My folding screen can be used anywhere you want to create privacy or divide a room. Each section of the thrcc-piece screen consists of a frame, a kick panel to withstand possible damage by pets, children or an errant foot, and two identical inset frames of latticework. (Sec Fig. 1.) The Japanese call this latticework kumiko. Between the two kumiko is a sheet of Synskin™, a translucent material made from fiberglass. (See Sources.) Rice paper would be used in an authentic shoji screen, but Synskin™ is more durable and easier to work with, liach frame is connected to an adjoining frame via pivoting wooden hinges that allow the frames to rotate 360°. (See sidebar, page 63.)
When designing the screen, I took a minimalist approach: I wanted the elements of the screen as thin as possible for weight considerations, without sacrificing strength and visual interest. I chose cherry for the screen because of its durability, relatively light weight and warm color. To determine the size of the rectangles for the latticework, 1 referred to books on Japanese style. (See Sources.) I discovered that size was determined by the designer's sense of proportion, the finished size of the screen, and by the compatibility with the room it was intended for.
Making the Kumiko
The first order of construction is making the kumiko. The individual pieces fit together with half-lap joints.
To ensure that all joints line up accurately when the kumiko is assembled, I dado wide boards that are thicknessed to finished dimension, then rip individual members from the board. I resaw 6-in.-wide stock for this, thickness-planing it to 3/8 in. thick. I also make sure the hoards are about 2 in. longer than the finished dimensions of the kumiko.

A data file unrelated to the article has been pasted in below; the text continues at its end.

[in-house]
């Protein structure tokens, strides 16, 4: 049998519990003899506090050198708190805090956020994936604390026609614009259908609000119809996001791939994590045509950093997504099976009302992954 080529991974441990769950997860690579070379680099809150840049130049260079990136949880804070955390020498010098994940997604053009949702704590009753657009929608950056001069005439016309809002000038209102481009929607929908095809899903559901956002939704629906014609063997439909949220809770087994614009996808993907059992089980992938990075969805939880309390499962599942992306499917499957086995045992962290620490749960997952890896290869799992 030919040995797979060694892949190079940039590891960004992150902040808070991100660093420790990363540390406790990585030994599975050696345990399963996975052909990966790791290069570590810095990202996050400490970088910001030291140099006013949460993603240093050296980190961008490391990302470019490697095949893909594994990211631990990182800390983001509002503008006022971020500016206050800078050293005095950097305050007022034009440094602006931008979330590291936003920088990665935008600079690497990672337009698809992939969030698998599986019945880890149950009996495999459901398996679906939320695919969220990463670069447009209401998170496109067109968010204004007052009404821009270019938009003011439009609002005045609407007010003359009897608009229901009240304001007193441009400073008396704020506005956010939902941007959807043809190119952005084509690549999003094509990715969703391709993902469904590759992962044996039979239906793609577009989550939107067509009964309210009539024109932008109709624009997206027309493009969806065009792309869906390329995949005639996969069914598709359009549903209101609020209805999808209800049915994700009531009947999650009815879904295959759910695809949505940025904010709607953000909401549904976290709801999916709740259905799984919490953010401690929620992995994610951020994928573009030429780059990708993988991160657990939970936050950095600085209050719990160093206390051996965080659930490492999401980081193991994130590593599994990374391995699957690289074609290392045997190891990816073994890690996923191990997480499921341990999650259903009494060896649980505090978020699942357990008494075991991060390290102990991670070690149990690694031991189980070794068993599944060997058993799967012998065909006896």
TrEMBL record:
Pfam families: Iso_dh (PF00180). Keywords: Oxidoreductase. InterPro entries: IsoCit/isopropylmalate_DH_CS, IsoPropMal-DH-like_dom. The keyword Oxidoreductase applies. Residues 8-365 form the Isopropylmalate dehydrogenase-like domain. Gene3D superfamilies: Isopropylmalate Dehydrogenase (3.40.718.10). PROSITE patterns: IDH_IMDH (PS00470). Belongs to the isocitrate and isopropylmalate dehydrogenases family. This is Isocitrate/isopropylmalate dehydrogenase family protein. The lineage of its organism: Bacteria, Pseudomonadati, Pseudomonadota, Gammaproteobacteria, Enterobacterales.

To cut the dado joints for the half-laps shown in Fig. 2, I equip my radial-arm saw with a '/4-in.-wide dado blade. I make an auxiliary fence for my radial-arm saw with four dadoes corresponding to the various kumiko spacings. To index the dado cuts so that the spacings arc exact, I place a '/4-in.-thick indexing stick in the appropriate fence dado and make the cut. (See top photo, above.)
On the longer vertical kumiko pieces, I make a l/2-in.-wide dado on the end of each board. This extra dado width makes it easier to fit all the pieces together during assembly. Then 1 place the indexing stick in the appropriate slot in the fence, position it against the previous dado, and cut the next dado. I repeat this process for the remaining dadoes, remembering to move the indexing stick into the appropriate slot in the fence when necessary. When I reach the last dado on the board, 1 make a second pass to widen it to Vl in.
I use the same indexing method on the long horizontal kumiko parts, again with '/2-in.-widc dadoes on the ends of the boards. When dadoing the horizontal parts, don't forget to flip the board
Cut dadoes in a wide board, using an indexing jig on the radial-arm saw to accurately space the joints. Then rip individual kumiko pieces from the board.
Assemble the kumiko, then clamp the joints at the sides and corners.
over after the first dado, then flip it again for the final dado. (See Fig. 2.)
Dadoing the short horizontal kumiko parts is similar to dadoing the longer pieces: Use the same indexing method, but cut a VZ-in.-widc dado only on one end; leave the opposite end square. On the short vertical kumiko parts, 1 lay out the dadoes and cut them freehand on the saw.
Once you've cut the joints, rip the kumiko parts into individual strips. I use a handsaw to rip the strips slightly oversize, then I thickness-plane the kumiko parts to final width, taking light cuts and orienting the grain of each strip to minimize tearout. Check that the strips arc the correct width by fitting two kumiko parts together with hand pressure.
FIG. 2: KUMIKO LAYOUT
Each kumiko assembly consists of a repeating pattern, or module, of 1/4-in. by 3/8-in. vertical and horizontal members connected at glued half-lap joints. Cutting lengths shown below include extra material at the ends for trimming after assembly.
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